Hanford River Shore Cleanup Reaches Half-way Mark
"We've had an extremely aggressive schedule to clean up waste sites and remove contaminated materials away from the river," said Tom Logan, president for Bechtel Hanford. Bechtel manages the Environmental Restoration Project and ERDF for the U.S. Department of Energy.
"In accelerating river corridor cleanup, the half-way point marks an important milestone in reducing risk to workers, the public, and the river," Logan said.
We have never had a lost-time injury in the nearly eight years of ERDF operation," Logan said. "This is a clear indication that it's possible to accelerate cleanup and reduce risk in a cost-effective manner at Hanford."
ERDF is a large disposal facility located in the center of the Hanford Site that began operation in 1996. ERDF comprises four "cells," with two more under construction and nearly complete. Each cell is 500 by 500 by 70 feet deep and constructed with a liner system to provide an impermeable layer of protection.
The bottom liner is designed to catch any moisture from precipitation, as well as water used for dust suppression while placing the waste into ERDF. The base is made of compacted clay. On top of that are layers of high-density polyethylene, and perforated drainage pipes in gravel to collect any water that gets through. It's topped with a 3-foot layer of dirt to protect the drainage and liner system as trucks drive over it. The waste itself is compacted in two, 35-foot-thick layers separated by two feet of clean fill. The cells are built two at a time. The first two cells went into operation in 1996 with two more cells added in 1999. Each pair of cells is large enough to hold 2.8 million tons of waste material. Together, the capacity of the four cells is 5.2 million tons, which will be reached by March 2005.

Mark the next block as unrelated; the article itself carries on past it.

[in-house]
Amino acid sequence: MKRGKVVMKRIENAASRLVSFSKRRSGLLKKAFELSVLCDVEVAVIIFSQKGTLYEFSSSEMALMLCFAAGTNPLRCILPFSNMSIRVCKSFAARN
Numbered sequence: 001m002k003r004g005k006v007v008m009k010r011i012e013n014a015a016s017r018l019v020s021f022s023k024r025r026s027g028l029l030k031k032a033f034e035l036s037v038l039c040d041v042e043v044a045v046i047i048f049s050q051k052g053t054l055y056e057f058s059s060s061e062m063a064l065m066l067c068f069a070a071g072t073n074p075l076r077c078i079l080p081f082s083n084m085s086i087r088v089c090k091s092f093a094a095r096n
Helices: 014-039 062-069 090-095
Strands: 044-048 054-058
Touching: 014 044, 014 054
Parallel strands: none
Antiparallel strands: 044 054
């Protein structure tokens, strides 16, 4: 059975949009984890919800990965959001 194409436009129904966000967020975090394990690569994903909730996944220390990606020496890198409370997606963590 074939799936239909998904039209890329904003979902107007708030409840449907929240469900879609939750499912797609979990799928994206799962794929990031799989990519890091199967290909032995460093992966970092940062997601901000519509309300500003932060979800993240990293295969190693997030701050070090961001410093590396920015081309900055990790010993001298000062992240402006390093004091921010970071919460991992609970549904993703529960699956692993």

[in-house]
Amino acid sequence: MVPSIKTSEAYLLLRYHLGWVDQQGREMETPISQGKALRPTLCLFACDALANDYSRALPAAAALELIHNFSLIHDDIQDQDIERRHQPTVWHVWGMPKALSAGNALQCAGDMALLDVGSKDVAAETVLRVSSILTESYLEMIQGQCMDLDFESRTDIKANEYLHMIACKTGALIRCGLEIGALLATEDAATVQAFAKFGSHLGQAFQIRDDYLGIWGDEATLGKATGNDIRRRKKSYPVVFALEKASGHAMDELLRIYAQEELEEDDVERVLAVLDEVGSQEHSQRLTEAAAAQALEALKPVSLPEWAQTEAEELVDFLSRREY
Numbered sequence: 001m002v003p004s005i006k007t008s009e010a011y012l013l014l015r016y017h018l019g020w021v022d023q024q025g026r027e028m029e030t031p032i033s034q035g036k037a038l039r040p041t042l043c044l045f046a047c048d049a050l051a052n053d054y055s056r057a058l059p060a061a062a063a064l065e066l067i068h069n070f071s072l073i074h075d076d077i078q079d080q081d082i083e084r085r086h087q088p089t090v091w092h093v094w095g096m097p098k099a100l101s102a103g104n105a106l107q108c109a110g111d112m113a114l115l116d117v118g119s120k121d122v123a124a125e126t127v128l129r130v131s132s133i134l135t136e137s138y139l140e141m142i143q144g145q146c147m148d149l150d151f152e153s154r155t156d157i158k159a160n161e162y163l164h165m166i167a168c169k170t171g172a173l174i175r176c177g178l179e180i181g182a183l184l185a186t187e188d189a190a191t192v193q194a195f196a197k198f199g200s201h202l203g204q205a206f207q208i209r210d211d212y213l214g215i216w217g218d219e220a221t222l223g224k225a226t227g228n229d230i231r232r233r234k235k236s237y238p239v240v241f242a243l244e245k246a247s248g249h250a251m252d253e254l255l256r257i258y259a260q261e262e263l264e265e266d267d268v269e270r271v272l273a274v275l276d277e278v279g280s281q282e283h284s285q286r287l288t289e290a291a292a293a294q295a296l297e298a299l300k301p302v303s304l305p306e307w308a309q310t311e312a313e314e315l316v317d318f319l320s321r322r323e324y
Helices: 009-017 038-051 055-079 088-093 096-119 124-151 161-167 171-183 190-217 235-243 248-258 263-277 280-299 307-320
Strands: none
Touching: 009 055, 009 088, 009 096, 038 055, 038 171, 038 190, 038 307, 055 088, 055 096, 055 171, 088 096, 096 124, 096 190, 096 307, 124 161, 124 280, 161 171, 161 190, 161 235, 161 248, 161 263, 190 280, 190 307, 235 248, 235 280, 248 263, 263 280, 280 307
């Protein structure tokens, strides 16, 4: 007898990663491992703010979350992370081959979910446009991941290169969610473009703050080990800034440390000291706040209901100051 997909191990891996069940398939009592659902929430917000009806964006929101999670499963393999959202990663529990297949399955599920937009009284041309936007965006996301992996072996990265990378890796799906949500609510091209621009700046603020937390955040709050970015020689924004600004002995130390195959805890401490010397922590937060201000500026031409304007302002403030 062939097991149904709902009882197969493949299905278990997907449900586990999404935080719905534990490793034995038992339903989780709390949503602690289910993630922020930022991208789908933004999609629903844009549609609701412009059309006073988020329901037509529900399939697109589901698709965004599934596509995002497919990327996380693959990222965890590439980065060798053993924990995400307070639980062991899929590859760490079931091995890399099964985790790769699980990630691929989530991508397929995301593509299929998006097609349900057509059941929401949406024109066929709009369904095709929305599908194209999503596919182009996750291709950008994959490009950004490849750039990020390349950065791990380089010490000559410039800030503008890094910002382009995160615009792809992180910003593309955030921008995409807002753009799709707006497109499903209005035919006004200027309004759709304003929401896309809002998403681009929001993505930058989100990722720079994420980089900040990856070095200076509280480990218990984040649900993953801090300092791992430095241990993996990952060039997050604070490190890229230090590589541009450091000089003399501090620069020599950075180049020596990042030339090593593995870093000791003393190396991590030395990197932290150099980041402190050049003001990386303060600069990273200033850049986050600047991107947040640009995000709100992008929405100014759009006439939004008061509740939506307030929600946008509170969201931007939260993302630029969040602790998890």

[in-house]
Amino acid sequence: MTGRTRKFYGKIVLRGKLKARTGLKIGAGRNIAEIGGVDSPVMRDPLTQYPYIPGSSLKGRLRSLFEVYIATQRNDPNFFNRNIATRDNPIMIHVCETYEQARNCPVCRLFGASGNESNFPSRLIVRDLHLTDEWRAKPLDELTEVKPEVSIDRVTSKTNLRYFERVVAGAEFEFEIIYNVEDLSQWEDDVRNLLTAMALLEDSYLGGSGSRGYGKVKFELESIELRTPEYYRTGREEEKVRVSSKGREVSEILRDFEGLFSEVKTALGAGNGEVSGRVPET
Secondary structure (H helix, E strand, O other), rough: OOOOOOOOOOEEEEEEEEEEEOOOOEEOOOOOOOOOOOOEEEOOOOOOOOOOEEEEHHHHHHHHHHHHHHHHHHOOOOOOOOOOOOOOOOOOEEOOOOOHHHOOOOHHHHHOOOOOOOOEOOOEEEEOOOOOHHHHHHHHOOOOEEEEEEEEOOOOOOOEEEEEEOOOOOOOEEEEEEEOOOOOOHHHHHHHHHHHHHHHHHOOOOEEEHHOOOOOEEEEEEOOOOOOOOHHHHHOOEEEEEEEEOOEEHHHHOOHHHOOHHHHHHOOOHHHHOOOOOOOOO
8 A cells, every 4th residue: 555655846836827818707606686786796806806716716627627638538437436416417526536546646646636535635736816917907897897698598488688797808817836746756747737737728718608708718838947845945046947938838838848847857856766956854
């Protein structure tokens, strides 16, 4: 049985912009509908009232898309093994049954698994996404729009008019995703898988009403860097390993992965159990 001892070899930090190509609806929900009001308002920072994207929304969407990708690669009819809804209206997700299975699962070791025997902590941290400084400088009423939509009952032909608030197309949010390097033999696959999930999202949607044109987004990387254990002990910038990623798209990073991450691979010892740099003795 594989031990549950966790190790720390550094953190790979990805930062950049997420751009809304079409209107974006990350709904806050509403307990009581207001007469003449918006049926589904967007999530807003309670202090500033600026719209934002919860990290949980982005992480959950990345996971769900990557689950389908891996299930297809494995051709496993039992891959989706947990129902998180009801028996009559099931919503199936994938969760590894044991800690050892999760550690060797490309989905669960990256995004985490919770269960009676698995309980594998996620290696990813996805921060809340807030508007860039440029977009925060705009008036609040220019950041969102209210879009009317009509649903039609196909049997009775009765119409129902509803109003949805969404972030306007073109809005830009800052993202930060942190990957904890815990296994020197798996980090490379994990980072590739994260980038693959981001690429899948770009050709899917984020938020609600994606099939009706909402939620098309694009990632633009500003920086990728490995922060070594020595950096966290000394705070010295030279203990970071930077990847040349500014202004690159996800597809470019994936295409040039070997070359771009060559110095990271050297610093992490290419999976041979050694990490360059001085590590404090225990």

Each day, about 150 truckloads, or 3,000 tons, of low-level radioactive and hazardous waste, rock, soil and other debris are disposed at ERDF. The wastes are from excavation of cleanup sites along the Columbia River, demolition and cocooning debris from Hanford's old production reactors and other facilities, and waste material generated by other Hanford contractors. Once the waste is collected, it is placed into containers, or cans, that hold up to 19 tons. The cans are hauled from the dig sites to nearby staging areas, and from there to the ERDF container transfer area.
Once in the transfer area, the cans are taken into ERDF, dumped, and delivered back to the container transfer area. The empty cans then are delivered back to the dig sites, or wherever they are needed, and the process begins again. Drivers of the trucks recently reached a milestone of their own when they logged 8 million miles in the cleanup effort.
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